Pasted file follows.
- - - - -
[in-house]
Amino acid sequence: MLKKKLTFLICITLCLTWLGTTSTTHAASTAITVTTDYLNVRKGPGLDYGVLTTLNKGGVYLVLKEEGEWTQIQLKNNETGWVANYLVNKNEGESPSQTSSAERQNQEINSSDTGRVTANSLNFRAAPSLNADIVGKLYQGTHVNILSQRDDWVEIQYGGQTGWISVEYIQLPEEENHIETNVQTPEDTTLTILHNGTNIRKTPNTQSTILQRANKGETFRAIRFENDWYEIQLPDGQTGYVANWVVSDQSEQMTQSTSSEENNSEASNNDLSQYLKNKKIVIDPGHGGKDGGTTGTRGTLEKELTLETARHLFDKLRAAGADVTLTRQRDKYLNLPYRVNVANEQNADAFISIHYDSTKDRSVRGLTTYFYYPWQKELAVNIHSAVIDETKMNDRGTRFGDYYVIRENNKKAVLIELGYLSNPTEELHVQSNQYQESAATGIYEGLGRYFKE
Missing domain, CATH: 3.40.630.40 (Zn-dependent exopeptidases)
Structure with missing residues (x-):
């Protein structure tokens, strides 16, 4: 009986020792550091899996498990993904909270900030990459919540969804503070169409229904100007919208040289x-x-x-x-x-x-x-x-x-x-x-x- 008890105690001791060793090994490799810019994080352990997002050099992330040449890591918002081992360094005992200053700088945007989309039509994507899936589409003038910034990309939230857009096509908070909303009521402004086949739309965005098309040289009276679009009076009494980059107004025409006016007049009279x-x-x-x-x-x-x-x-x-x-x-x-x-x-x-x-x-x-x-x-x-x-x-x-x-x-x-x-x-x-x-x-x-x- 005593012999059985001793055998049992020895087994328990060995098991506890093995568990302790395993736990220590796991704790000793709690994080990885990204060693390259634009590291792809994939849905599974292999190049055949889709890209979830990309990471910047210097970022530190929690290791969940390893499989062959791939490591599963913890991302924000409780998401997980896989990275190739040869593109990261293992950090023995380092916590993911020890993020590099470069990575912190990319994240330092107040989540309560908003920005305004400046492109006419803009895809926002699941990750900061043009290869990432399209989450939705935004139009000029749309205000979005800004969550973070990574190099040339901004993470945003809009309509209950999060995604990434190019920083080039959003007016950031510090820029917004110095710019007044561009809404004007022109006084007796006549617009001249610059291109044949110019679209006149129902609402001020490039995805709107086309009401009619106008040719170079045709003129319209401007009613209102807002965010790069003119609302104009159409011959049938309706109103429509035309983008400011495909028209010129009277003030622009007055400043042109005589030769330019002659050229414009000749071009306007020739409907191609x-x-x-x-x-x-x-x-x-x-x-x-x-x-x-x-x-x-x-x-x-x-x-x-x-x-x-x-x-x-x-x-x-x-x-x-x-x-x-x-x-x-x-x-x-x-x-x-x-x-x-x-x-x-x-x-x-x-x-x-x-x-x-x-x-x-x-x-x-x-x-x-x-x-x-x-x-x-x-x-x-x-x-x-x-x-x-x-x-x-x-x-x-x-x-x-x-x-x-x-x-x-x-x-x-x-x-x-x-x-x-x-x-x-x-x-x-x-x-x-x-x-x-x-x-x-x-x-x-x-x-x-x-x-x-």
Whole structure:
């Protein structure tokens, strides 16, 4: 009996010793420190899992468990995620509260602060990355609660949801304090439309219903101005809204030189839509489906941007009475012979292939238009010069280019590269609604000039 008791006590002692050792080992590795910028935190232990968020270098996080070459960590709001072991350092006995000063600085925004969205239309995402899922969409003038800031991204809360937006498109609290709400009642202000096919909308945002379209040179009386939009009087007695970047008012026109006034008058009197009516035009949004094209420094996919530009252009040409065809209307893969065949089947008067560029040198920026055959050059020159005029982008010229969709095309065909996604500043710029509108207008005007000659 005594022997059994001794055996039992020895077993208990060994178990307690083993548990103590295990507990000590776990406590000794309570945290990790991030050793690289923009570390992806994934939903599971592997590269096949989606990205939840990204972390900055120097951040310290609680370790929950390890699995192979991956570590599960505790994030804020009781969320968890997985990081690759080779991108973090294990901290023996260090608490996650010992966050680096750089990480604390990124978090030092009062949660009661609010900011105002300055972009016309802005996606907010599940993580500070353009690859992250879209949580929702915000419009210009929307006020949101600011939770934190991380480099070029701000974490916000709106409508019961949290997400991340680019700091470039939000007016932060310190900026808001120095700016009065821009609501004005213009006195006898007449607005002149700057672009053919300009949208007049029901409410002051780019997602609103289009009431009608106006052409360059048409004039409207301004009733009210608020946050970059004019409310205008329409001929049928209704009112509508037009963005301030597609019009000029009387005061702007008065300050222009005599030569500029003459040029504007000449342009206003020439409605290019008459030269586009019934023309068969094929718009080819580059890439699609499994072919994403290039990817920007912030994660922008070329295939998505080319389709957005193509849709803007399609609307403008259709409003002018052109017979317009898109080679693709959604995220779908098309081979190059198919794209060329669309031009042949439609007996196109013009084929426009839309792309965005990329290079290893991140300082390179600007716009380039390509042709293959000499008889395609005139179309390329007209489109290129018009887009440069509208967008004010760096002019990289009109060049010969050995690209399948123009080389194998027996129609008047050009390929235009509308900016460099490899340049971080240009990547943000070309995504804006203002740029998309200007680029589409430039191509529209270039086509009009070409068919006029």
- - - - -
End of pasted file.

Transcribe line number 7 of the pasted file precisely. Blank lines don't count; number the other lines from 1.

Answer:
């Protein structure tokens, strides 16, 4: 009996010793420190899992468990995620509260602060990355609660949801304090439309219903101005809204030189839509489906941007009475012979292939238009010069280019590269609604000039 008791006590002692050792080992590795910028935190232990968020270098996080070459960590709001072991350092006995000063600085925004969205239309995402899922969409003038800031991204809360937006498109609290709400009642202000096919909308945002379209040179009386939009009087007695970047008012026109006034008058009197009516035009949004094209420094996919530009252009040409065809209307893969065949089947008067560029040198920026055959050059020159005029982008010229969709095309065909996604500043710029509108207008005007000659 005594022997059994001794055996039992020895077993208990060994178990307690083993548990103590295990507990000590776990406590000794309570945290990790991030050793690289923009570390992806994934939903599971592997590269096949989606990205939840990204972390900055120097951040310290609680370790929950390890699995192979991956570590599960505790994030804020009781969320968890997985990081690759080779991108973090294990901290023996260090608490996650010992966050680096750089990480604390990124978090030092009062949660009661609010900011105002300055972009016309802005996606907010599940993580500070353009690859992250879209949580929702915000419009210009929307006020949101600011939770934190991380480099070029701000974490916000709106409508019961949290997400991340680019700091470039939000007016932060310190900026808001120095700016009065821009609501004005213009006195006898007449607005002149700057672009053919300009949208007049029901409410002051780019997602609103289009009431009608106006052409360059048409004039409207301004009733009210608020946050970059004019409310205008329409001929049928209704009112509508037009963005301030597609019009000029009387005061702007008065300050222009005599030569500029003459040029504007000449342009206003020439409605290019008459030269586009019934023309068969094929718009080819580059890439699609499994072919994403290039990817920007912030994660922008070329295939998505080319389709957005193509849709803007399609609307403008259709409003002018052109017979317009898109080679693709959604995220779908098309081979190059198919794209060329669309031009042949439609007996196109013009084929426009839309792309965005990329290079290893991140300082390179600007716009380039390509042709293959000499008889395609005139179309390329007209489109290129018009887009440069509208967008004010760096002019990289009109060049010969050995690209399948123009080389194998027996129609008047050009390929235009509308900016460099490899340049971080240009990547943000070309995504804006203002740029998309200007680029589409430039191509529209270039086509009009070409068919006029």